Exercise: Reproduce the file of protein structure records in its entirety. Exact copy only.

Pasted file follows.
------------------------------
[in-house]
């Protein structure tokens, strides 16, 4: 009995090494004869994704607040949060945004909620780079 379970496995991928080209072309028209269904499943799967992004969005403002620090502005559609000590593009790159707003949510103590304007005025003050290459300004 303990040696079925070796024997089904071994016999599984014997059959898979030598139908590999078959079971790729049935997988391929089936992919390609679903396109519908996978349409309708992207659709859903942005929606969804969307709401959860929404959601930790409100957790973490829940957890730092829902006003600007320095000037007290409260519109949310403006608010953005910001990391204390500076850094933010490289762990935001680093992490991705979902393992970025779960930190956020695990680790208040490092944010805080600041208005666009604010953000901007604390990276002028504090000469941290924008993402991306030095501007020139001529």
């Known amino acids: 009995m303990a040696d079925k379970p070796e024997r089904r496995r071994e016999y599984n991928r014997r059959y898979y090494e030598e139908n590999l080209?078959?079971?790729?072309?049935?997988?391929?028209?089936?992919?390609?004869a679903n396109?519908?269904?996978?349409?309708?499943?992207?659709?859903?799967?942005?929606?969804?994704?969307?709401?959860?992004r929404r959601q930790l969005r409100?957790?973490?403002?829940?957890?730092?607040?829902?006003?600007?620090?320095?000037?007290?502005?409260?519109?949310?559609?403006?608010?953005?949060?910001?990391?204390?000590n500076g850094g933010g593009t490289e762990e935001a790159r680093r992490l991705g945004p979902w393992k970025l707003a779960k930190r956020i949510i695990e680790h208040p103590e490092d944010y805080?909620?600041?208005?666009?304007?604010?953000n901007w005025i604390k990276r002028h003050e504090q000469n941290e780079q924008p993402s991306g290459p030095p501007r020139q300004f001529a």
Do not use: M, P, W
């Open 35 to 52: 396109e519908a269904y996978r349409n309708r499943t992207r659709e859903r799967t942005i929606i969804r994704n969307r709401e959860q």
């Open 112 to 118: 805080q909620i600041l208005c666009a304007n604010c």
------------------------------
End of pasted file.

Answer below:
[in-house]
């Protein structure tokens, strides 16, 4: 009995090494004869994704607040949060945004909620780079 379970496995991928080209072309028209269904499943799967992004969005403002620090502005559609000590593009790159707003949510103590304007005025003050290459300004 303990040696079925070796024997089904071994016999599984014997059959898979030598139908590999078959079971790729049935997988391929089936992919390609679903396109519908996978349409309708992207659709859903942005929606969804969307709401959860929404959601930790409100957790973490829940957890730092829902006003600007320095000037007290409260519109949310403006608010953005910001990391204390500076850094933010490289762990935001680093992490991705979902393992970025779960930190956020695990680790208040490092944010805080600041208005666009604010953000901007604390990276002028504090000469941290924008993402991306030095501007020139001529």
């Known amino acids: 009995m303990a040696d079925k379970p070796e024997r089904r496995r071994e016999y599984n991928r014997r059959y898979y090494e030598e139908n590999l080209?078959?079971?790729?072309?049935?997988?391929?028209?089936?992919?390609?004869a679903n396109?519908?269904?996978?349409?309708?499943?992207?659709?859903?799967?942005?929606?969804?994704?969307?709401?959860?992004r929404r959601q930790l969005r409100?957790?973490?403002?829940?957890?730092?607040?829902?006003?600007?620090?320095?000037?007290?502005?409260?519109?949310?559609?403006?608010?953005?949060?910001?990391?204390?000590n500076g850094g933010g593009t490289e762990e935001a790159r680093r992490l991705g945004p979902w393992k970025l707003a779960k930190r956020i949510i695990e680790h208040p103590e490092d944010y805080?909620?600041?208005?666009?304007?604010?953000n901007w005025i604390k990276r002028h003050e504090q000469n941290e780079q924008p993402s991306g290459p030095p501007r020139q300004f001529a």
Do not use: M, P, W
């Open 35 to 52: 396109e519908a269904y996978r349409n309708r499943t992207r659709e859903r799967t942005i929606i969804r994704n969307r709401e959860q």
């Open 112 to 118: 805080q909620i600041l208005c666009a304007n604010c």